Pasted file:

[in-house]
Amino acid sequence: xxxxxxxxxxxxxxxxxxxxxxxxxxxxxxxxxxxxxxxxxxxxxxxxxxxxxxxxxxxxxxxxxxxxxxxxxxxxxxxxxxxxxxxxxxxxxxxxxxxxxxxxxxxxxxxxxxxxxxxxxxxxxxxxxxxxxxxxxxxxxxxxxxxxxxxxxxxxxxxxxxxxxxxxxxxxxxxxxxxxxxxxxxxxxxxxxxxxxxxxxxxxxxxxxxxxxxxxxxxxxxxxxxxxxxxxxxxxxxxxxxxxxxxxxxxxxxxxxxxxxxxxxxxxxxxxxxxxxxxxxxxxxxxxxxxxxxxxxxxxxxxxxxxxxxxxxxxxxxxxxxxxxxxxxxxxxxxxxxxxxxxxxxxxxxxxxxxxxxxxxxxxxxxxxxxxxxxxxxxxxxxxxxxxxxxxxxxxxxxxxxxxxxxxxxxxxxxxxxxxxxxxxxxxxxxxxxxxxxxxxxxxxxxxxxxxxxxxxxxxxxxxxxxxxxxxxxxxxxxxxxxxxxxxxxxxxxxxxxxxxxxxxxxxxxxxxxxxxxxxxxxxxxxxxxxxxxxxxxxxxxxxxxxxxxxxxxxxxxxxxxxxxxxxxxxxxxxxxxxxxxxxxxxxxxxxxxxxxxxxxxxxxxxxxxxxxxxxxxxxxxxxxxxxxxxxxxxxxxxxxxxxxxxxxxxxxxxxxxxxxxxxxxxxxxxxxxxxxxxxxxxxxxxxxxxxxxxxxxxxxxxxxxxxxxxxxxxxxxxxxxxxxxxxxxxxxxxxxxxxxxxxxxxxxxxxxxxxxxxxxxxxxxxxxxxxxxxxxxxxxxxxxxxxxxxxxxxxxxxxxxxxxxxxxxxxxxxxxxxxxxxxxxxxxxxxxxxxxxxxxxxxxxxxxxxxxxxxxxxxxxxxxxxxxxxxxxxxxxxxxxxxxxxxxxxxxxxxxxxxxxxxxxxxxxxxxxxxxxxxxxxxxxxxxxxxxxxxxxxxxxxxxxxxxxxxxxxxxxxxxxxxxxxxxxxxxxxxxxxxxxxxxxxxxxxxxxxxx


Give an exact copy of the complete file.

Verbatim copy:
[in-house]
Amino acid sequence: xxxxxxxxxxxxxxxxxxxxxxxxxxxxxxxxxxxxxxxxxxxxxxxxxxxxxxxxxxxxxxxxxxxxxxxxxxxxxxxxxxxxxxxxxxxxxxxxxxxxxxxxxxxxxxxxxxxxxxxxxxxxxxxxxxxxxxxxxxxxxxxxxxxxxxxxxxxxxxxxxxxxxxxxxxxxxxxxxxxxxxxxxxxxxxxxxxxxxxxxxxxxxxxxxxxxxxxxxxxxxxxxxxxxxxxxxxxxxxxxxxxxxxxxxxxxxxxxxxxxxxxxxxxxxxxxxxxxxxxxxxxxxxxxxxxxxxxxxxxxxxxxxxxxxxxxxxxxxxxxxxxxxxxxxxxxxxxxxxxxxxxxxxxxxxxxxxxxxxxxxxxxxxxxxxxxxxxxxxxxxxxxxxxxxxxxxxxxxxxxxxxxxxxxxxxxxxxxxxxxxxxxxxxxxxxxxxxxxxxxxxxxxxxxxxxxxxxxxxxxxxxxxxxxxxxxxxxxxxxxxxxxxxxxxxxxxxxxxxxxxxxxxxxxxxxxxxxxxxxxxxxxxxxxxxxxxxxxxxxxxxxxxxxxxxxxxxxxxxxxxxxxxxxxxxxxxxxxxxxxxxxxxxxxxxxxxxxxxxxxxxxxxxxxxxxxxxxxxxxxxxxxxxxxxxxxxxxxxxxxxxxxxxxxxxxxxxxxxxxxxxxxxxxxxxxxxxxxxxxxxxxxxxxxxxxxxxxxxxxxxxxxxxxxxxxxxxxxxxxxxxxxxxxxxxxxxxxxxxxxxxxxxxxxxxxxxxxxxxxxxxxxxxxxxxxxxxxxxxxxxxxxxxxxxxxxxxxxxxxxxxxxxxxxxxxxxxxxxxxxxxxxxxxxxxxxxxxxxxxxxxxxxxxxxxxxxxxxxxxxxxxxxxxxxxxxxxxxxxxxxxxxxxxxxxxxxxxxxxxxxxxxxxxxxxxxxxxxxxxxxxxxxxxxxxxxxxxxxxxxxxxxxxxxxxxxxxxxxxxxxxxxxxxxxxxxxxxxxxxxxxxxxxxxxxxxxxxxx